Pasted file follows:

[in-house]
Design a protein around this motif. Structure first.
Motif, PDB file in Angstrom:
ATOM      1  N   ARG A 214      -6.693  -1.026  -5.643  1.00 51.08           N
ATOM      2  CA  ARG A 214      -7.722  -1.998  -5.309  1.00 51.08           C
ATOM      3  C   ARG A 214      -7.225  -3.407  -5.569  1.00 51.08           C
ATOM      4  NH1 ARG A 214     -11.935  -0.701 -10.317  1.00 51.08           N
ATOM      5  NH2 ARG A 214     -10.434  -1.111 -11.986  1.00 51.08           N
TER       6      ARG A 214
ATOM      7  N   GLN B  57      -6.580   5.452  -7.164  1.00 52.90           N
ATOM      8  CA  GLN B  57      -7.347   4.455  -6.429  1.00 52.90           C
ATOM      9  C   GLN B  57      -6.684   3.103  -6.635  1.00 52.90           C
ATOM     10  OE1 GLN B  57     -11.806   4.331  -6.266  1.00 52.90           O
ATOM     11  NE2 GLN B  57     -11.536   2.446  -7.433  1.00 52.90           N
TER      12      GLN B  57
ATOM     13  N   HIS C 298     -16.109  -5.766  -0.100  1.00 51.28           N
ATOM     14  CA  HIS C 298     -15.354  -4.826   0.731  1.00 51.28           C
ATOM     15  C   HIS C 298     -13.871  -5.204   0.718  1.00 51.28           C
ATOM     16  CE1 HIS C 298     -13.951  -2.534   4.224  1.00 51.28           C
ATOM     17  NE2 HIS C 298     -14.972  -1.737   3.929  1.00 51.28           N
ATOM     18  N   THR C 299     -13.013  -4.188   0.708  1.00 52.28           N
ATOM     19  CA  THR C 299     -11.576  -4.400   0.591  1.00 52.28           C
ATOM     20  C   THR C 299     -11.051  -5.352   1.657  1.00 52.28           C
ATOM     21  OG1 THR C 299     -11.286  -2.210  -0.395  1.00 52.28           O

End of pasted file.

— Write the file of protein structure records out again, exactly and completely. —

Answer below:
[in-house]
Design a protein around this motif. Structure first.
Motif, PDB file in Angstrom:
ATOM      1  N   ARG A 214      -6.693  -1.026  -5.643  1.00 51.08           N
ATOM      2  CA  ARG A 214      -7.722  -1.998  -5.309  1.00 51.08           C
ATOM      3  C   ARG A 214      -7.225  -3.407  -5.569  1.00 51.08           C
ATOM      4  NH1 ARG A 214     -11.935  -0.701 -10.317  1.00 51.08           N
ATOM      5  NH2 ARG A 214     -10.434  -1.111 -11.986  1.00 51.08           N
TER       6      ARG A 214
ATOM      7  N   GLN B  57      -6.580   5.452  -7.164  1.00 52.90           N
ATOM      8  CA  GLN B  57      -7.347   4.455  -6.429  1.00 52.90           C
ATOM      9  C   GLN B  57      -6.684   3.103  -6.635  1.00 52.90           C
ATOM     10  OE1 GLN B  57     -11.806   4.331  -6.266  1.00 52.90           O
ATOM     11  NE2 GLN B  57     -11.536   2.446  -7.433  1.00 52.90           N
TER      12      GLN B  57
ATOM     13  N   HIS C 298     -16.109  -5.766  -0.100  1.00 51.28           N
ATOM     14  CA  HIS C 298     -15.354  -4.826   0.731  1.00 51.28           C
ATOM     15  C   HIS C 298     -13.871  -5.204   0.718  1.00 51.28           C
ATOM     16  CE1 HIS C 298     -13.951  -2.534   4.224  1.00 51.28           C
ATOM     17  NE2 HIS C 298     -14.972  -1.737   3.929  1.00 51.28           N
ATOM     18  N   THR C 299     -13.013  -4.188   0.708  1.00 52.28           N
ATOM     19  CA  THR C 299     -11.576  -4.400   0.591  1.00 52.28           C
ATOM     20  C   THR C 299     -11.051  -5.352   1.657  1.00 52.28           C
ATOM     21  OG1 THR C 299     -11.286  -2.210  -0.395  1.00 52.28           O